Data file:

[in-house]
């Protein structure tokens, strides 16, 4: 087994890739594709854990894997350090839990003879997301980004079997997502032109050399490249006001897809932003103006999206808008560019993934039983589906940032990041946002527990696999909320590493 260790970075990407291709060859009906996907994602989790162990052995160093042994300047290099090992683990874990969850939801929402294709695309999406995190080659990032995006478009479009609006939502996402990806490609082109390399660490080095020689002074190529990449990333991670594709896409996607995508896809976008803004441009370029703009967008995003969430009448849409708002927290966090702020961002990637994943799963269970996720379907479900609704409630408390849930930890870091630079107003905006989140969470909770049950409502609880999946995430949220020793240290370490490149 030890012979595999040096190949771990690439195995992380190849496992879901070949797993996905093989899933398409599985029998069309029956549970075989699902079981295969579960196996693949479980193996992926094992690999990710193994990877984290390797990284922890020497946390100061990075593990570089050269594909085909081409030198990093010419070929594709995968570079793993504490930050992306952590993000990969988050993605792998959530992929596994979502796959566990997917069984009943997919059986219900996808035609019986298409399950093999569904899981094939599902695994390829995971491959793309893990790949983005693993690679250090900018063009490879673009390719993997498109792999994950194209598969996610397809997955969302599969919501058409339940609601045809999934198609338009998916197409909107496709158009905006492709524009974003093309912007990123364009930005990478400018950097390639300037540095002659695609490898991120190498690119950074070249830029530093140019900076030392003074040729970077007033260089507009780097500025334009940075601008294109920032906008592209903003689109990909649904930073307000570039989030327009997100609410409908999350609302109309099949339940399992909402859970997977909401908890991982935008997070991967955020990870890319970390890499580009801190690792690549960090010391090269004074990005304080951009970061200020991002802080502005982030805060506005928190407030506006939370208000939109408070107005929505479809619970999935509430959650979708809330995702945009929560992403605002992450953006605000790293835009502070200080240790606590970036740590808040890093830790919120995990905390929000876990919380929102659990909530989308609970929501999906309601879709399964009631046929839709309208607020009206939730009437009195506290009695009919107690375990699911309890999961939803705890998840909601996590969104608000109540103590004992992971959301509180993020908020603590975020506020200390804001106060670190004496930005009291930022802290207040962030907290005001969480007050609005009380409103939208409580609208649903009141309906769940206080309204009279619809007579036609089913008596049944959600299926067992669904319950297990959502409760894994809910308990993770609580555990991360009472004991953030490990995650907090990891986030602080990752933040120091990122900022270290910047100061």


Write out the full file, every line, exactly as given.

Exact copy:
[in-house]
């Protein structure tokens, strides 16, 4: 087994890739594709854990894997350090839990003879997301980004079997997502032109050399490249006001897809932003103006999206808008560019993934039983589906940032990041946002527990696999909320590493 260790970075990407291709060859009906996907994602989790162990052995160093042994300047290099090992683990874990969850939801929402294709695309999406995190080659990032995006478009479009609006939502996402990806490609082109390399660490080095020689002074190529990449990333991670594709896409996607995508896809976008803004441009370029703009967008995003969430009448849409708002927290966090702020961002990637994943799963269970996720379907479900609704409630408390849930930890870091630079107003905006989140969470909770049950409502609880999946995430949220020793240290370490490149 030890012979595999040096190949771990690439195995992380190849496992879901070949797993996905093989899933398409599985029998069309029956549970075989699902079981295969579960196996693949479980193996992926094992690999990710193994990877984290390797990284922890020497946390100061990075593990570089050269594909085909081409030198990093010419070929594709995968570079793993504490930050992306952590993000990969988050993605792998959530992929596994979502796959566990997917069984009943997919059986219900996808035609019986298409399950093999569904899981094939599902695994390829995971491959793309893990790949983005693993690679250090900018063009490879673009390719993997498109792999994950194209598969996610397809997955969302599969919501058409339940609601045809999934198609338009998916197409909107496709158009905006492709524009974003093309912007990123364009930005990478400018950097390639300037540095002659695609490898991120190498690119950074070249830029530093140019900076030392003074040729970077007033260089507009780097500025334009940075601008294109920032906008592209903003689109990909649904930073307000570039989030327009997100609410409908999350609302109309099949339940399992909402859970997977909401908890991982935008997070991967955020990870890319970390890499580009801190690792690549960090010391090269004074990005304080951009970061200020991002802080502005982030805060506005928190407030506006939370208000939109408070107005929505479809619970999935509430959650979708809330995702945009929560992403605002992450953006605000790293835009502070200080240790606590970036740590808040890093830790919120995990905390929000876990919380929102659990909530989308609970929501999906309601879709399964009631046929839709309208607020009206939730009437009195506290009695009919107690375990699911309890999961939803705890998840909601996590969104608000109540103590004992992971959301509180993020908020603590975020506020200390804001106060670190004496930005009291930022802290207040962030907290005001969480007050609005009380409103939208409580609208649903009141309906769940206080309204009279619809007579036609089913008596049944959600299926067992669904319950297990959502409760894994809910308990993770609580555990991360009472004991953030490990995650907090990891986030602080990752933040120091990122900022270290910047100061």